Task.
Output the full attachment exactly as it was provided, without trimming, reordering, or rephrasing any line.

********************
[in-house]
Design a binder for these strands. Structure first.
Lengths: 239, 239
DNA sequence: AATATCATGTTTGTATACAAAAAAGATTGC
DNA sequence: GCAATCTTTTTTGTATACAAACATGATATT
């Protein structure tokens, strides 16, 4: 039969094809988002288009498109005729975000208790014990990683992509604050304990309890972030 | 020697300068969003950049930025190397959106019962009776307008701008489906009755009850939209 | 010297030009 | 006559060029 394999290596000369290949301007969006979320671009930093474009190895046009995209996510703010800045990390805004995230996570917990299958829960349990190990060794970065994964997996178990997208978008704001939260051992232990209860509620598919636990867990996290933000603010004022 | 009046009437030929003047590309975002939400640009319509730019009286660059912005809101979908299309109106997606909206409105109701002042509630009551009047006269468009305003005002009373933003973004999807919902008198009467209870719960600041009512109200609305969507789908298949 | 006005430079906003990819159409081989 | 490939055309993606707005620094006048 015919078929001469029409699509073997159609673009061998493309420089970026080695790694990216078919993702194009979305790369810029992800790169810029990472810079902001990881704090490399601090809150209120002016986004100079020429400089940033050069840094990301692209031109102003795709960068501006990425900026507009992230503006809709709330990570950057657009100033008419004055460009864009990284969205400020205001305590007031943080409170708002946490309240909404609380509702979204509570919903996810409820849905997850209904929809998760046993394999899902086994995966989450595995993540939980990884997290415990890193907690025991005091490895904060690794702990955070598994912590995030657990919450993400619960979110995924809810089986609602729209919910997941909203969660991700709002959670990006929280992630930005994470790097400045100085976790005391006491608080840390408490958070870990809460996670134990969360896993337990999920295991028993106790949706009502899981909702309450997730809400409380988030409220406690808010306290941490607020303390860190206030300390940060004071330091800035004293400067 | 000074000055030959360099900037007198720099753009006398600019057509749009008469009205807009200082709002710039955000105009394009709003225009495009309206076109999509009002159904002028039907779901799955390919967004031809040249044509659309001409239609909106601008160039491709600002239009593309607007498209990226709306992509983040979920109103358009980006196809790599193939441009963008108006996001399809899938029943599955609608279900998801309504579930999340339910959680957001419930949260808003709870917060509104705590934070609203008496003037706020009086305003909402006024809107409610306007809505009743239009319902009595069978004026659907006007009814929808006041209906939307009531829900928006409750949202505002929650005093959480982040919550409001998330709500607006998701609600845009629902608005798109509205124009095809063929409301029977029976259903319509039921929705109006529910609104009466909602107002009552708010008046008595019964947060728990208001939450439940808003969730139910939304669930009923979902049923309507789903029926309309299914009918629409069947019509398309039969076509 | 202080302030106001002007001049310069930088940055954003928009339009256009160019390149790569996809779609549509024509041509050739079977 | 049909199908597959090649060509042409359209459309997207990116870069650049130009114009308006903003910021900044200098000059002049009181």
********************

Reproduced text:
[in-house]
Design a binder for these strands. Structure first.
Lengths: 239, 239
DNA sequence: AATATCATGTTTGTATACAAAAAAGATTGC
DNA sequence: GCAATCTTTTTTGTATACAAACATGATATT
């Protein structure tokens, strides 16, 4: 039969094809988002288009498109005729975000208790014990990683992509604050304990309890972030 | 020697300068969003950049930025190397959106019962009776307008701008489906009755009850939209 | 010297030009 | 006559060029 394999290596000369290949301007969006979320671009930093474009190895046009995209996510703010800045990390805004995230996570917990299958829960349990190990060794970065994964997996178990997208978008704001939260051992232990209860509620598919636990867990996290933000603010004022 | 009046009437030929003047590309975002939400640009319509730019009286660059912005809101979908299309109106997606909206409105109701002042509630009551009047006269468009305003005002009373933003973004999807919902008198009467209870719960600041009512109200609305969507789908298949 | 006005430079906003990819159409081989 | 490939055309993606707005620094006048 015919078929001469029409699509073997159609673009061998493309420089970026080695790694990216078919993702194009979305790369810029992800790169810029990472810079902001990881704090490399601090809150209120002016986004100079020429400089940033050069840094990301692209031109102003795709960068501006990425900026507009992230503006809709709330990570950057657009100033008419004055460009864009990284969205400020205001305590007031943080409170708002946490309240909404609380509702979204509570919903996810409820849905997850209904929809998760046993394999899902086994995966989450595995993540939980990884997290415990890193907690025991005091490895904060690794702990955070598994912590995030657990919450993400619960979110995924809810089986609602729209919910997941909203969660991700709002959670990006929280992630930005994470790097400045100085976790005391006491608080840390408490958070870990809460996670134990969360896993337990999920295991028993106790949706009502899981909702309450997730809400409380988030409220406690808010306290941490607020303390860190206030300390940060004071330091800035004293400067 | 000074000055030959360099900037007198720099753009006398600019057509749009008469009205807009200082709002710039955000105009394009709003225009495009309206076109999509009002159904002028039907779901799955390919967004031809040249044509659309001409239609909106601008160039491709600002239009593309607007498209990226709306992509983040979920109103358009980006196809790599193939441009963008108006996001399809899938029943599955609608279900998801309504579930999340339910959680957001419930949260808003709870917060509104705590934070609203008496003037706020009086305003909402006024809107409610306007809505009743239009319902009595069978004026659907006007009814929808006041209906939307009531829900928006409750949202505002929650005093959480982040919550409001998330709500607006998701609600845009629902608005798109509205124009095809063929409301029977029976259903319509039921929705109006529910609104009466909602107002009552708010008046008595019964947060728990208001939450439940808003969730139910939304669930009923979902049923309507789903029926309309299914009918629409069947019509398309039969076509 | 202080302030106001002007001049310069930088940055954003928009339009256009160019390149790569996809779609549509024509041509050739079977 | 049909199908597959090649060509042409359209459309997207990116870069650049130009114009308006903003910021900044200098000059002049009181």